On 5/1/06, Erik Moeller <eloquence(a)gmail.com> wrote:
On 5/1/06, Kelly Martin
None of Wikipedia's mirrors has anywhere near
the pagerank weight that
Wikipedia itself has. With the exception of a small number of already
high-prominence sites, Wikipedia linkage is almost certainly bound to
substantially alter the rank of a given page in search engine results.
I agree with this now that it is also clear that mirrors are
deliberately reducing external links. It is clear that Wikipedia's
impact on the ranking of the sites it references must be significant.
I continue to maintain that tagging all links indiscriminately as
"nofollow" is essentially an admission of defeat; it is like saying:
None of our links are worth spidering. We're just a wiki. Please,
search engines, go to some other trusted sites, not to us.
I'd say it's more like saying "Don't assume this link is worth
spidering just because we link to it." That's quite different from
what you're saying.
I don't think our links are bad enough to justify
such an explicit
statement with all the consequences it has. And the continual pounding
of "Wikipedia is an encyclopedia" does nothing to change the fact that
it is a resource used by millions of people, that it is a resource
which is embedded into a larger network known as the WWW, a network
which itself is accessed by most people through portals and search
engines before they arrive at a content source. It is in our interest,
for our own project and for moral reasons, to help people to find high
quality educational resources, as opposed to those which are promoted
from within typically corporate, "trusted" frameworks such as AOL or
Ultimately I think the search engines are in the best position to
determine how best to accomplish the goal of helping people find the
resources they're looking for. And I think it's a very open question
whether treating links from a wiki differently from links on a site
with more tightly controlled access, helps a search engine guide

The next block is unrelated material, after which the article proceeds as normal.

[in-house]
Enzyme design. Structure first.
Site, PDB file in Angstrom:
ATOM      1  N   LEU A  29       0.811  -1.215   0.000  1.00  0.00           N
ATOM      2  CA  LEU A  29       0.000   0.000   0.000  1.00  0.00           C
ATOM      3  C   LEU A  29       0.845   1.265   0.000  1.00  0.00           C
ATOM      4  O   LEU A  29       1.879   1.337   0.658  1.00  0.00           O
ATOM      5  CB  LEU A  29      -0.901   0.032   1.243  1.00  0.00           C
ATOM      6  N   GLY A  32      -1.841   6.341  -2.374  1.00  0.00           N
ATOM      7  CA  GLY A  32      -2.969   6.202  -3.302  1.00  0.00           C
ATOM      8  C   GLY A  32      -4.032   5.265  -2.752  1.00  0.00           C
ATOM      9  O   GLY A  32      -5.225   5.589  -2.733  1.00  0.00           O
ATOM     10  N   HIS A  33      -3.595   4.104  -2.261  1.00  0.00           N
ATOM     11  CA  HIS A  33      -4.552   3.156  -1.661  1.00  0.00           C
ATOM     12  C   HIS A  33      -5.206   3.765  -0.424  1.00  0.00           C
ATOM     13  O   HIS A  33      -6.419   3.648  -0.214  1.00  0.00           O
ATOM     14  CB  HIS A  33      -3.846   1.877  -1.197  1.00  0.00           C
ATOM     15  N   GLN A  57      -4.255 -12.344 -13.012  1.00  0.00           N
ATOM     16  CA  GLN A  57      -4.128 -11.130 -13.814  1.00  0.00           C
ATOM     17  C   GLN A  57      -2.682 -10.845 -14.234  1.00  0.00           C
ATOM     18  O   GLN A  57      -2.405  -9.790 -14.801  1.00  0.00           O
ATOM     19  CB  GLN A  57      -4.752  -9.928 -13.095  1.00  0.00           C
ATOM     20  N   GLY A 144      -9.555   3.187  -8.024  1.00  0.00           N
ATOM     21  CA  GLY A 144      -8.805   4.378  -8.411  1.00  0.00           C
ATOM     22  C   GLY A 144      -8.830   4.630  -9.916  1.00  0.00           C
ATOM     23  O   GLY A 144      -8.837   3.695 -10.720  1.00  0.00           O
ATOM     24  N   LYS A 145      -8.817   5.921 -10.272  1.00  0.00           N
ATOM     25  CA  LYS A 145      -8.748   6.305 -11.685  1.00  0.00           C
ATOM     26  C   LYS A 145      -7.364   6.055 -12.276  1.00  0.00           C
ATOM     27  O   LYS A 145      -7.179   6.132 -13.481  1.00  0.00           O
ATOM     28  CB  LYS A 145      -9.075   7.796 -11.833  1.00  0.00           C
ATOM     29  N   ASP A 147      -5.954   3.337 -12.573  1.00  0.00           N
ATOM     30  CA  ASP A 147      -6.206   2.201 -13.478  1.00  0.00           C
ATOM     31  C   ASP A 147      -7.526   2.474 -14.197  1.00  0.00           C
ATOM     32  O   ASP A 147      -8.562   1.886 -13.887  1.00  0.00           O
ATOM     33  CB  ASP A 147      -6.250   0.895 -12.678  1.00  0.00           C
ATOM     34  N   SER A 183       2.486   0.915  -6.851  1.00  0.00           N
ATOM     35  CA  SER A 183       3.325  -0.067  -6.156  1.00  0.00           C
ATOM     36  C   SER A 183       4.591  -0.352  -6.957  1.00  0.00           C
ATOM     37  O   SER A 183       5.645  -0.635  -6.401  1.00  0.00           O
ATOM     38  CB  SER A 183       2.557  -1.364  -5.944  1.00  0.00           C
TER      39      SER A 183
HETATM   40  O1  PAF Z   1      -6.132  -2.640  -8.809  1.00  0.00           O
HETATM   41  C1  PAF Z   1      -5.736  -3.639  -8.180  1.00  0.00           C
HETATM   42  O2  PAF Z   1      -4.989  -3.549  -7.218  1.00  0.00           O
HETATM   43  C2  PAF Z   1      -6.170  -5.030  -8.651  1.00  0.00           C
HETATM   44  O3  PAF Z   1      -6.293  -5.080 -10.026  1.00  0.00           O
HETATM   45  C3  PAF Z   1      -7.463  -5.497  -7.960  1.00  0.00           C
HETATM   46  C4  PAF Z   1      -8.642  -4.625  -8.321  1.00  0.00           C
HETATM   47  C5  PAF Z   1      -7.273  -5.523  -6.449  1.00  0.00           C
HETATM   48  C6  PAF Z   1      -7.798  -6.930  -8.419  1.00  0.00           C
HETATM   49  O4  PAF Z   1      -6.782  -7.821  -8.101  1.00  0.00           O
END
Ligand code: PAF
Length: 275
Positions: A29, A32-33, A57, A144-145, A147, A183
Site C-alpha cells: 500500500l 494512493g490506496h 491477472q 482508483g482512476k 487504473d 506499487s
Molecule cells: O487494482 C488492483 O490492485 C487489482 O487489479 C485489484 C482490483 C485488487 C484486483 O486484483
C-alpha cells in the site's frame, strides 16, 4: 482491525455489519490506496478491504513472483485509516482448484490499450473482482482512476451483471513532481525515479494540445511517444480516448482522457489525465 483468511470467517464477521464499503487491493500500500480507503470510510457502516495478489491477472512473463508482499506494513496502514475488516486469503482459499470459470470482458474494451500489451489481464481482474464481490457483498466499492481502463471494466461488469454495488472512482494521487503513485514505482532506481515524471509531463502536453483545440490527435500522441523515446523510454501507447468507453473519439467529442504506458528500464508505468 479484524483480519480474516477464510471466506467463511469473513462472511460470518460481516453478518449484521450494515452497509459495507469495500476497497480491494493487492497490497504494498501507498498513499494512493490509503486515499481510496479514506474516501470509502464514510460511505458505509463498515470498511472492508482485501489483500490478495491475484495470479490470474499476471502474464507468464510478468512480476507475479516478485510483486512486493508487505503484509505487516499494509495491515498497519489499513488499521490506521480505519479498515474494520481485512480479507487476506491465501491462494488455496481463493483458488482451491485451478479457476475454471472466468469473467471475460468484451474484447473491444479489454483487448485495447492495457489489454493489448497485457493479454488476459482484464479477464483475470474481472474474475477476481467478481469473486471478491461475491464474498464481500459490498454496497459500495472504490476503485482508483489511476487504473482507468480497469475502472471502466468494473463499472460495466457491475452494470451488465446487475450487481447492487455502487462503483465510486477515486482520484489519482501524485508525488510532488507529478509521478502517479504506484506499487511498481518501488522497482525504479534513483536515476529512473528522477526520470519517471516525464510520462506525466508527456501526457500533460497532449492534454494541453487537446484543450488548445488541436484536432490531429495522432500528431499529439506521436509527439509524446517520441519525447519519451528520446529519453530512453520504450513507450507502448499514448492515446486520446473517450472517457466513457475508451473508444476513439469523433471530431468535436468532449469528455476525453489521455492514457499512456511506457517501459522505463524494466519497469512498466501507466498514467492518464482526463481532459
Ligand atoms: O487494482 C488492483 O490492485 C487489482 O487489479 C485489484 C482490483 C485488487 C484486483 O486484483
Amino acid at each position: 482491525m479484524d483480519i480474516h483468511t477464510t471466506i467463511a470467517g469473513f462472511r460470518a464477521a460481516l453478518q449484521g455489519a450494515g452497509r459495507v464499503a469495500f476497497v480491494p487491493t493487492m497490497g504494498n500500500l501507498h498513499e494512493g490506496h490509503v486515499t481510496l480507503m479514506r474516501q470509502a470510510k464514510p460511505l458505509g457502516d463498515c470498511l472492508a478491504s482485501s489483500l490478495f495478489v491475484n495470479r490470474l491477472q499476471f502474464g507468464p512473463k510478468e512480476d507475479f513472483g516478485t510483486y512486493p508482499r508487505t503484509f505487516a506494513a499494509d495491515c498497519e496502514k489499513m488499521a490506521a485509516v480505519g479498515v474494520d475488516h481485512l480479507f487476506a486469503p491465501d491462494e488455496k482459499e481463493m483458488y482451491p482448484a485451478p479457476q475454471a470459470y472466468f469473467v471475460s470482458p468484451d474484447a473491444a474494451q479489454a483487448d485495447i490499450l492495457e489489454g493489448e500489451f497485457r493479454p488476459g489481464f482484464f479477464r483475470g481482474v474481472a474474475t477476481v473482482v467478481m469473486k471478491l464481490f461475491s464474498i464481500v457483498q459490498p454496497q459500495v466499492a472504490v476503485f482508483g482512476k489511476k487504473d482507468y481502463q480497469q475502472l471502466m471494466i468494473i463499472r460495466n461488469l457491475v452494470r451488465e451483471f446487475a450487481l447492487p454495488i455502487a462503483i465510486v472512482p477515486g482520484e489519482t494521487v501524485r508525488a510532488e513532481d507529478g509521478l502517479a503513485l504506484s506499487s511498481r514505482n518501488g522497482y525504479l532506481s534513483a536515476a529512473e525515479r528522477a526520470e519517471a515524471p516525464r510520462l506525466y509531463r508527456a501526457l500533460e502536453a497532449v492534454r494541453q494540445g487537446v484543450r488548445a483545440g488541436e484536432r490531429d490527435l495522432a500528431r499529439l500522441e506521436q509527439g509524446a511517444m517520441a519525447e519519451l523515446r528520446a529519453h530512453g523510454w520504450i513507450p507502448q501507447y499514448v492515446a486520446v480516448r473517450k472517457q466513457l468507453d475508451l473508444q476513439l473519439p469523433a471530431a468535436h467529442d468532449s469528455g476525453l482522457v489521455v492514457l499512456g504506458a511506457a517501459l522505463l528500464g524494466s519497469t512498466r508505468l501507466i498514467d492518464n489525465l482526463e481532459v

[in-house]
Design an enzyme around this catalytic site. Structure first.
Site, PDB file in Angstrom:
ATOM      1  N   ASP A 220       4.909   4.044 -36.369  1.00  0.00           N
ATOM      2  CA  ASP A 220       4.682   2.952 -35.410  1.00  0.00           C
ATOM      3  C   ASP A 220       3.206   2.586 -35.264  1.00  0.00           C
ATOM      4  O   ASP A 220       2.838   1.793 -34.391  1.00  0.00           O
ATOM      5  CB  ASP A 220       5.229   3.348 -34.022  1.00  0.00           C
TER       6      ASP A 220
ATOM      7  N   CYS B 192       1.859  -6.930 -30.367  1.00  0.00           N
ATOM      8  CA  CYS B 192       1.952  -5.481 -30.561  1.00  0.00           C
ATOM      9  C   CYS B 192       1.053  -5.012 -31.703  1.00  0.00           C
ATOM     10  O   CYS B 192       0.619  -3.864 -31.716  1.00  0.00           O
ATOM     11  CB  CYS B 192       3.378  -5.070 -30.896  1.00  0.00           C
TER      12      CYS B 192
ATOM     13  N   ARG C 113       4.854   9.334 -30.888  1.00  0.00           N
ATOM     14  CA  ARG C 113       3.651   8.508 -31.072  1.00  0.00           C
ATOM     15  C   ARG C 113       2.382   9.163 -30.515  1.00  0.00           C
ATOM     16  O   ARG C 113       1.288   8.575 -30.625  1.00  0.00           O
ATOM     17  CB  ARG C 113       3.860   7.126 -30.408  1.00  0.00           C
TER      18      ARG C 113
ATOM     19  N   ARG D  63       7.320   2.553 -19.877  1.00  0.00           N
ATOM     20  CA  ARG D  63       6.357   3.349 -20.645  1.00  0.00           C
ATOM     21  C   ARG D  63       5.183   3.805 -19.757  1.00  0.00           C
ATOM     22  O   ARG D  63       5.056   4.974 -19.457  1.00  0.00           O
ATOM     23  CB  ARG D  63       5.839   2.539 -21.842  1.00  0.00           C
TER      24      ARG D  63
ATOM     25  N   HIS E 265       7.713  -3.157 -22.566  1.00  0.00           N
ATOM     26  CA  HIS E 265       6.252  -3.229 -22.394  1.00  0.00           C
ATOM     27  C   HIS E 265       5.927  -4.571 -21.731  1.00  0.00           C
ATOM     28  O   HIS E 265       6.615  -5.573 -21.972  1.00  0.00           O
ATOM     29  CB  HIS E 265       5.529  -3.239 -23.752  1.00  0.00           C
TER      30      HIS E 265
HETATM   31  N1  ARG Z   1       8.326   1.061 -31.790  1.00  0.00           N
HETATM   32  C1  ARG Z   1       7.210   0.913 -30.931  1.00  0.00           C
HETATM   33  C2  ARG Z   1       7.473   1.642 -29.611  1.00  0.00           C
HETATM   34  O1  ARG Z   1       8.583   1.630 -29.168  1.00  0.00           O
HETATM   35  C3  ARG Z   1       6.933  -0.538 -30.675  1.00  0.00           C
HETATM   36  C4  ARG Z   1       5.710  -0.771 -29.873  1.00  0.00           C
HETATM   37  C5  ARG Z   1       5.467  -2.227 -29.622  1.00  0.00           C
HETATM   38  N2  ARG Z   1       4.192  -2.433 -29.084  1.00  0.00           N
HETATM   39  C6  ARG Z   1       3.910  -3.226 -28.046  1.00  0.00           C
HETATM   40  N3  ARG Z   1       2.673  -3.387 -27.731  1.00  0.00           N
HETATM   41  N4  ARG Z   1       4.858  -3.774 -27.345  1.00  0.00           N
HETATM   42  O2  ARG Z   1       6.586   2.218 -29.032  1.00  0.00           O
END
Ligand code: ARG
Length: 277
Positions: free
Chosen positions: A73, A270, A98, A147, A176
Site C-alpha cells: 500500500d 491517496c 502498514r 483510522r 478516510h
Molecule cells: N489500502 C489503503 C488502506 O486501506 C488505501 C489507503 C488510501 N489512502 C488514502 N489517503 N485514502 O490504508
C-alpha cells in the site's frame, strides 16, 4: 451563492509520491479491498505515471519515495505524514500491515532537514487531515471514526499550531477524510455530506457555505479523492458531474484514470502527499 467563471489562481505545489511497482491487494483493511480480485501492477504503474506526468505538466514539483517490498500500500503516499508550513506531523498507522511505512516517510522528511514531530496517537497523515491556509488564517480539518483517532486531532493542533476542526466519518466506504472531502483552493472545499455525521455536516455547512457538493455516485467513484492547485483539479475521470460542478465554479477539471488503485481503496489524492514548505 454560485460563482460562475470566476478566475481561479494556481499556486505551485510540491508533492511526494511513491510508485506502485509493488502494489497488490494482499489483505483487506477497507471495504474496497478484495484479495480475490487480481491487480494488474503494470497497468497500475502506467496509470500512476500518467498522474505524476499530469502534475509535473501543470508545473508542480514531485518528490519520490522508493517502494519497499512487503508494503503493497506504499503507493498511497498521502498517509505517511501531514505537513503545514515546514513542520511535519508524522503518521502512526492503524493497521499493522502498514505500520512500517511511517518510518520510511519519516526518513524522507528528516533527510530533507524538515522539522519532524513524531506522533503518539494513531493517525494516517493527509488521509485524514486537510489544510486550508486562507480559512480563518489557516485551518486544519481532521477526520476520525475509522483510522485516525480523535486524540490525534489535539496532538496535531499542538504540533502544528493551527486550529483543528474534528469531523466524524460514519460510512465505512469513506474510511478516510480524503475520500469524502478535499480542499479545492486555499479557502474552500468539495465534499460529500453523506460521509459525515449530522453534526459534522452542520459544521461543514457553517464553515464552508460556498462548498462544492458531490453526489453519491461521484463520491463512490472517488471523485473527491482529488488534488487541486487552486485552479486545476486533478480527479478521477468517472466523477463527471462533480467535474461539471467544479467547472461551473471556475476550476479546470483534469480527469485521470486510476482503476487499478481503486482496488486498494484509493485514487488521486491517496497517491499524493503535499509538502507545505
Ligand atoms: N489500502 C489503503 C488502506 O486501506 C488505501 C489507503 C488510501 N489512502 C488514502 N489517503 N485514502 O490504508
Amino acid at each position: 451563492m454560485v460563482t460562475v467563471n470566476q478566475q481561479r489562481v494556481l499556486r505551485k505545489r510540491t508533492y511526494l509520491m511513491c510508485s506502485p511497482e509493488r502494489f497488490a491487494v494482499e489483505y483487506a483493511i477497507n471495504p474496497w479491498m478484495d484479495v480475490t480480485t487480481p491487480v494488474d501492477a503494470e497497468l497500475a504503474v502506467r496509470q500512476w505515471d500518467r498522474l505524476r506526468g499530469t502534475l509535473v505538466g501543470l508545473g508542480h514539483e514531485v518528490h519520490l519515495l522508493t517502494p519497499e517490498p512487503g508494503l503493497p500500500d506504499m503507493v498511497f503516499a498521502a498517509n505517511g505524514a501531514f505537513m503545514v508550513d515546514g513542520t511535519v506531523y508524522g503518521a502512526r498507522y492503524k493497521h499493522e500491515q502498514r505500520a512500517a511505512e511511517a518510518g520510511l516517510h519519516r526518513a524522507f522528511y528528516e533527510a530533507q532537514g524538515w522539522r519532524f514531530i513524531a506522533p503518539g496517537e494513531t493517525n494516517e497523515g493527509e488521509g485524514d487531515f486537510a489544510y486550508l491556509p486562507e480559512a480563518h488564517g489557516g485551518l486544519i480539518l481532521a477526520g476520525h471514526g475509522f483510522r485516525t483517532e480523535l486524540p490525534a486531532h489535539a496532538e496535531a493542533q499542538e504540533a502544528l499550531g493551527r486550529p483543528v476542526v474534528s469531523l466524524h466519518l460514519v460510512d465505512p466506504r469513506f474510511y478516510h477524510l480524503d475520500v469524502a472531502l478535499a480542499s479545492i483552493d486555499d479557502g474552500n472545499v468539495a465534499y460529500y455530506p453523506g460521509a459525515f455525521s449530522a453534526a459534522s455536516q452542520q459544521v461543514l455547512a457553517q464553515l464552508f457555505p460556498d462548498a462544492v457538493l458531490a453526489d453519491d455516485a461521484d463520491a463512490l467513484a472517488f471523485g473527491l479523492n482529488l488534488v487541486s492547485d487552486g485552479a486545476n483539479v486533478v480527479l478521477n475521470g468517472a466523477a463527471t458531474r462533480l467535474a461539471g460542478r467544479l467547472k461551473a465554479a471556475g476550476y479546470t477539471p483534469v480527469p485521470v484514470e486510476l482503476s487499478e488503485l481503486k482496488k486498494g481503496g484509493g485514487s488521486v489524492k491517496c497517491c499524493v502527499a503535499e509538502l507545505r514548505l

people to high quality educational resources.
Of course if Wikipedia had the time and resources to dedicate to such
a problem, a better solution would be to have a relatively small group
of individuals go through and mark links as followable or not
followable (high quality educational resource, or spam) manually. But
I don't think that's reasonable.
Maybe putting a time-delay on the attribute is a good enough
compromise. I don't know. IANA search engine guru.
The fact that Wikipedia maintains community-created
lists of topical
links has always been, to me, one of its strongest points, one of the
best ways to further explore and find relevant information on a topic.
Sure, Wikipedia is great for that. But I really don't see how
relevant to the nofollow tag, which is a tag for bots, and more
specifically search engine spiders, not humans.
Do we, essentially, want an invisible wall of
user-generated content and content from "trusted" sites? Or do we want
a better solution? I don't like nofollow. It is a hack. It lacks
On this point I agree. Maybe Google or one of the search engines
looking to compete with them would be willing to consider a better
tagging system. <a href=blah type=wiki firstadded=20060501195702> or
somesuch. "Nofollow" is definitely a poor terminology. The tag
should describe the link, not try to dictate to search engines what to
do with it.